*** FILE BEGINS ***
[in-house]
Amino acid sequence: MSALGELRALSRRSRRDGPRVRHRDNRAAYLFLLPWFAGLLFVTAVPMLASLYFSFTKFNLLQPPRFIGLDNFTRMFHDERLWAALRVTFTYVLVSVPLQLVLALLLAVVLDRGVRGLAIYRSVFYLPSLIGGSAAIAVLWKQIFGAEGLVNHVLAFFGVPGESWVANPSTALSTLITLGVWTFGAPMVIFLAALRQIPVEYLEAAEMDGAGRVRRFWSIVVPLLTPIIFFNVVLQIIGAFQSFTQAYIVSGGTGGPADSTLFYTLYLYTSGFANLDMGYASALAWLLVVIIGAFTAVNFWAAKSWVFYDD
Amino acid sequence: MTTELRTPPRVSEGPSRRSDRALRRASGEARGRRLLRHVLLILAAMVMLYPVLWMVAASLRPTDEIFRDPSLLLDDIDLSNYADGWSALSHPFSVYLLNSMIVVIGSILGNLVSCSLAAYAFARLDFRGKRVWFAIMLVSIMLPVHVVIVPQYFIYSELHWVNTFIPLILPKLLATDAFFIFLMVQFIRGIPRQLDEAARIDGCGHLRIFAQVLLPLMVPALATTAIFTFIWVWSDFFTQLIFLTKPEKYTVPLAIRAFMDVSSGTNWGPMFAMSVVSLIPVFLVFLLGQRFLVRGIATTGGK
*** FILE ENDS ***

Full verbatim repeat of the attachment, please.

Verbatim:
[in-house]
Amino acid sequence: MSALGELRALSRRSRRDGPRVRHRDNRAAYLFLLPWFAGLLFVTAVPMLASLYFSFTKFNLLQPPRFIGLDNFTRMFHDERLWAALRVTFTYVLVSVPLQLVLALLLAVVLDRGVRGLAIYRSVFYLPSLIGGSAAIAVLWKQIFGAEGLVNHVLAFFGVPGESWVANPSTALSTLITLGVWTFGAPMVIFLAALRQIPVEYLEAAEMDGAGRVRRFWSIVVPLLTPIIFFNVVLQIIGAFQSFTQAYIVSGGTGGPADSTLFYTLYLYTSGFANLDMGYASALAWLLVVIIGAFTAVNFWAAKSWVFYDD
Amino acid sequence: MTTELRTPPRVSEGPSRRSDRALRRASGEARGRRLLRHVLLILAAMVMLYPVLWMVAASLRPTDEIFRDPSLLLDDIDLSNYADGWSALSHPFSVYLLNSMIVVIGSILGNLVSCSLAAYAFARLDFRGKRVWFAIMLVSIMLPVHVVIVPQYFIYSELHWVNTFIPLILPKLLATDAFFIFLMVQFIRGIPRQLDEAARIDGCGHLRIFAQVLLPLMVPALATTAIFTFIWVWSDFFTQLIFLTKPEKYTVPLAIRAFMDVSSGTNWGPMFAMSVVSLIPVFLVFLLGQRFLVRGIATTGGK